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Are there special muller tubes that only measure alpha for example?

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    $\begingroup$ Why do you think it is not possible? Yes, there are special alpha particles detectors. Google query="selectively detecting alpha particles" $\endgroup$ – Asphir Dom Aug 25 '13 at 14:04
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Most particle detectors work by detecting the ionization caused by the particle or the secondary effects of that ionization like scintillation light (the exceptions work on Cerenkov light and transition radiation), so it is difficult to say "only detect ionization from alphas".

However, the physics of ionization and the geometry of the deposition depend on the mass, charge and energy of the particle doing the ionization, which gives us many ways to identify the particle involved. Ionization density and profile along tracks, track length compared to calorimetry, pulse shape discrimination in scintillators, combining calorimetry with velocity or momentum determination and so on.

Perhaps the easiest way with moderate energy alphas would be to use a segmented surface detector of some kind, vetoed by a deeper detector with similar segmentation (relying on the fact that alphas range out much faster than gammas or betas). This would not help you to discriminate against heavy fragments, but would be otherwise very reliable.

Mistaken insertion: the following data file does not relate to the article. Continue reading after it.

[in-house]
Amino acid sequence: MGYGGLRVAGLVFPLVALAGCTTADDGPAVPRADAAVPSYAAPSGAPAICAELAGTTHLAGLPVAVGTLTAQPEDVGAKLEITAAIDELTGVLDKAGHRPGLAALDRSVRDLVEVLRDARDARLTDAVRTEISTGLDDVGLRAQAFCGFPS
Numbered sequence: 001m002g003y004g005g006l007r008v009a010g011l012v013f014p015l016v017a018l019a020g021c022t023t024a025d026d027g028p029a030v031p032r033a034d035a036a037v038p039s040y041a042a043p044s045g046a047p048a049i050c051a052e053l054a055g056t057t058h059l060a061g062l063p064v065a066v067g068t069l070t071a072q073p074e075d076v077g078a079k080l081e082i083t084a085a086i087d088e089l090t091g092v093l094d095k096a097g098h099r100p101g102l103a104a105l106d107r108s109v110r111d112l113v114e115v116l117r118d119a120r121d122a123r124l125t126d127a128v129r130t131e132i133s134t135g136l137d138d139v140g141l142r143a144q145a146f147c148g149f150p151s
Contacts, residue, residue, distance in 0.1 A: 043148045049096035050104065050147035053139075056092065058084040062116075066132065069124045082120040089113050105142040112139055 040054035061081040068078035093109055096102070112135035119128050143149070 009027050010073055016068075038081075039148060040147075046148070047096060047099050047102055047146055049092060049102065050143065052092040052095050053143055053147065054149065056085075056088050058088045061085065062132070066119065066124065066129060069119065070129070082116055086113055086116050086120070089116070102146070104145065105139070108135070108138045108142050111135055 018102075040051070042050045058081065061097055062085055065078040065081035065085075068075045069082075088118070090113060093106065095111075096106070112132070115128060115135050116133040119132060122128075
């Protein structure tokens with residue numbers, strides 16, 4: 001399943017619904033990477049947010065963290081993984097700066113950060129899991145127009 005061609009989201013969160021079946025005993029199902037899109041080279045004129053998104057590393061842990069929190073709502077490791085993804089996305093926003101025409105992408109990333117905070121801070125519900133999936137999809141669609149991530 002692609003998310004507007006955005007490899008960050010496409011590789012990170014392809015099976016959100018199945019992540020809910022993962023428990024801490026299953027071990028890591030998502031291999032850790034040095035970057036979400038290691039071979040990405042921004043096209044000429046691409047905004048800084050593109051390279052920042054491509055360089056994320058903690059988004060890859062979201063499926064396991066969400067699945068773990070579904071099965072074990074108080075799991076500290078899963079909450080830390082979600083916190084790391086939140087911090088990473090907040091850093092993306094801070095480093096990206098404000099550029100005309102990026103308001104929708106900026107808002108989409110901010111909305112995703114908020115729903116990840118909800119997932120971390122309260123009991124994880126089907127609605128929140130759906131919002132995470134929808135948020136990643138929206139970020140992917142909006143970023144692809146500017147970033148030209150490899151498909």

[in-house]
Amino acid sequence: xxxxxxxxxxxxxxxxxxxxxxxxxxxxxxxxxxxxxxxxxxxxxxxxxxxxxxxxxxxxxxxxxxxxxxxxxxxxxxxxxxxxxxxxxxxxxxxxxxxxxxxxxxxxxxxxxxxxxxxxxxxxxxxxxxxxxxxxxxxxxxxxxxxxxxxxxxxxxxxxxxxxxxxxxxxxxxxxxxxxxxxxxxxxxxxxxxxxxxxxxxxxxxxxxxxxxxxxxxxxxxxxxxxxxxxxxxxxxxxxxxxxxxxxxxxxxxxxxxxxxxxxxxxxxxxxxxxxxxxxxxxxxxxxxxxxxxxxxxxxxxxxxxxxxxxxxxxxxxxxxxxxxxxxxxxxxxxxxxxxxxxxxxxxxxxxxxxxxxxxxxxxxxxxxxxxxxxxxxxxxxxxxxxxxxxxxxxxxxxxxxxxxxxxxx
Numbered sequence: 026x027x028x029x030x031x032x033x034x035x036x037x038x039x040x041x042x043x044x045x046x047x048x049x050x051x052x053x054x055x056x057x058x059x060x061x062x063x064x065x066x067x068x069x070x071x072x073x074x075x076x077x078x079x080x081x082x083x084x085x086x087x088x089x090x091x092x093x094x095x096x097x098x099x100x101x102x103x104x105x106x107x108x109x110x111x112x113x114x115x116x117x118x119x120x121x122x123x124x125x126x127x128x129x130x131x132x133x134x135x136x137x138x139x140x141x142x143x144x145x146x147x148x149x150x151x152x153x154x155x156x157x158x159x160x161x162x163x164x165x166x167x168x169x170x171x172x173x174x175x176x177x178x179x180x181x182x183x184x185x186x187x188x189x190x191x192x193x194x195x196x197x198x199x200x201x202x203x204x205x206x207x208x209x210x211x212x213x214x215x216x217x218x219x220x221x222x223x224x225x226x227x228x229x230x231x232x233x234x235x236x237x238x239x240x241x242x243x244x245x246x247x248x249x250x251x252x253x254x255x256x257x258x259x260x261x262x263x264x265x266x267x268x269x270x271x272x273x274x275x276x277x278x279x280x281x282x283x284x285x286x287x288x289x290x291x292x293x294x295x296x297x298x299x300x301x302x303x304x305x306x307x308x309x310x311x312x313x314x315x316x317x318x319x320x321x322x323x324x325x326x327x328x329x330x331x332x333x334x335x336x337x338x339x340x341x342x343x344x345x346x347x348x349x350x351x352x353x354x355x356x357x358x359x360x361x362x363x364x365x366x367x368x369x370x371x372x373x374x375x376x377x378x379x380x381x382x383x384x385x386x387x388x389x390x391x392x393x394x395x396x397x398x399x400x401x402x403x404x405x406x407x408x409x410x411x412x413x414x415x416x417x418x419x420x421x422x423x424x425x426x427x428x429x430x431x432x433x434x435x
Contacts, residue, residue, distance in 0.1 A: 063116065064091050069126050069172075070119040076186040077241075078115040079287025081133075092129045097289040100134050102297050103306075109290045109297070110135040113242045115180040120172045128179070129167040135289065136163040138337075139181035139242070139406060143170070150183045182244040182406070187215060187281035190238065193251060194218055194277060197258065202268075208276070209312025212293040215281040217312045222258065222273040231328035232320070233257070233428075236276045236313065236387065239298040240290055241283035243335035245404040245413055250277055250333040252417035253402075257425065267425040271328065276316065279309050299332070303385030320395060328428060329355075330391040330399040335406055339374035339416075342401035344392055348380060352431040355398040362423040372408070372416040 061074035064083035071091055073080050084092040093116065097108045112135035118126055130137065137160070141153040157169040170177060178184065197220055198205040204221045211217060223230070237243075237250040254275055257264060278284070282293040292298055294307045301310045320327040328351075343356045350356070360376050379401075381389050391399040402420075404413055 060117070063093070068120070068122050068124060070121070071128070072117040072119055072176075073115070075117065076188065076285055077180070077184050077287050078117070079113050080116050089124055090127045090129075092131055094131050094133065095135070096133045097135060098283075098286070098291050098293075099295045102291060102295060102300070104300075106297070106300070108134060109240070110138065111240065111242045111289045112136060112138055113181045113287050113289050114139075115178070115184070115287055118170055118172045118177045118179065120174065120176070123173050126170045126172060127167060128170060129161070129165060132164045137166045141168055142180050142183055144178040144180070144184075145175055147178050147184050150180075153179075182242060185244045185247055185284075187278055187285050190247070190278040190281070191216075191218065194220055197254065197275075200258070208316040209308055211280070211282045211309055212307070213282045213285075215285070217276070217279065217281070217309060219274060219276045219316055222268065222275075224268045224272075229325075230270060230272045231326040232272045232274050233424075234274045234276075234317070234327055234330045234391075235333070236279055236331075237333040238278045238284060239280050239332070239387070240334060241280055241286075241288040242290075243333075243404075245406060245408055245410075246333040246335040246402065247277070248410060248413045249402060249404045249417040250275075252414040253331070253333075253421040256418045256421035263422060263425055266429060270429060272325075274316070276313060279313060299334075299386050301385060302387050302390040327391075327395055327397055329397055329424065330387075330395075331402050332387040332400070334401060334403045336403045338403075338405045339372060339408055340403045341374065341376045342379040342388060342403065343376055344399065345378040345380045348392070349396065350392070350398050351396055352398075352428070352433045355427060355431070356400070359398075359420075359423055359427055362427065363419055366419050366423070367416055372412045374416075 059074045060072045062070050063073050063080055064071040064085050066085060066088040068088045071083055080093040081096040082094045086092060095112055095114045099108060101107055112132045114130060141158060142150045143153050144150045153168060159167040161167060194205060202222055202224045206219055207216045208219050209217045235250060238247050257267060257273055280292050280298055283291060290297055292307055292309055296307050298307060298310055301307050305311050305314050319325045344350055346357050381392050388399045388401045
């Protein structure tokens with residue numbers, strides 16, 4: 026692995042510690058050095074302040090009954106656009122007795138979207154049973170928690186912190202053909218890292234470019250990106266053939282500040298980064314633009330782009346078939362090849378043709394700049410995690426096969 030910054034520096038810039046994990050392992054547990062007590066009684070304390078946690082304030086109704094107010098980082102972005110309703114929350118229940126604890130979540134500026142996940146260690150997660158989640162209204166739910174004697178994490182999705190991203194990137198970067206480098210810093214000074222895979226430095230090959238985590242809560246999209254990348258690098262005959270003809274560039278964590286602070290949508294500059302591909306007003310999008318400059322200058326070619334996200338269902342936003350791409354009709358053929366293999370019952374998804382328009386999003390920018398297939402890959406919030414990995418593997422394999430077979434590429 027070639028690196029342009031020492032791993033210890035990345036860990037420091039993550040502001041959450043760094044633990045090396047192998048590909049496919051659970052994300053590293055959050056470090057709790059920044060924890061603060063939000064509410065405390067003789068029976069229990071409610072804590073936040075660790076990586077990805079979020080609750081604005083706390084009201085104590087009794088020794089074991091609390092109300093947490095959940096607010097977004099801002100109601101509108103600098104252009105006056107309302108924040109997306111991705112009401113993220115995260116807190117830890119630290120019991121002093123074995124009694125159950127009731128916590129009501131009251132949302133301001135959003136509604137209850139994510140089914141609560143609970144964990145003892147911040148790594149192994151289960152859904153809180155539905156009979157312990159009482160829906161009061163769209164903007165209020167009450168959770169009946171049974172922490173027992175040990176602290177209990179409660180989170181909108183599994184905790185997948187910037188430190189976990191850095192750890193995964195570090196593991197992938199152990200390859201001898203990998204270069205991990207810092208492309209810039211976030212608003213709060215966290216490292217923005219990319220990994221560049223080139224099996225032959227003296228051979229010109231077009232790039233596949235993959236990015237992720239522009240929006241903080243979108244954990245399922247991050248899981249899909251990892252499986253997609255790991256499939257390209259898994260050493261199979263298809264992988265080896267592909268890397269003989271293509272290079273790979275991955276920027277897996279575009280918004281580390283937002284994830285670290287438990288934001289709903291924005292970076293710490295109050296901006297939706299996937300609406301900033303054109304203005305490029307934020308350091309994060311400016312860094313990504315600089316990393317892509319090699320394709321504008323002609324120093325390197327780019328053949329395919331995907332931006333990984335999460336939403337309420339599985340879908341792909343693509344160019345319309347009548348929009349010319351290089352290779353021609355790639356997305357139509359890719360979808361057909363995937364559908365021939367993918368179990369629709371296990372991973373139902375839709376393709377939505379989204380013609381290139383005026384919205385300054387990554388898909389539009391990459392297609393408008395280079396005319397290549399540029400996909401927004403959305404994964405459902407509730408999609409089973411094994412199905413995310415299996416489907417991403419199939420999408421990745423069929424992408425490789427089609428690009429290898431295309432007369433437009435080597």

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  • $\begingroup$ As a special case, if you're just holding a source in your hand and you want to find out what it's emitting, you don't need a special detector -- you can just vary the distance to the detector and see whether there is a complete cutoff due to absorption of alphas in a certain amount of air. $\endgroup$ – user4552 Aug 25 '13 at 22:08
  • $\begingroup$ @BenCrowell When we did the ranging out of alphas in lab in grad school we did it in a bell jar, and needed rather less than a full atmosphere to range some out in 3 cm. Can't recall the isotope off-hand but I assume they were circa 4 MeV. $\endgroup$ – dmckee --- ex-moderator kitten Aug 25 '13 at 23:53

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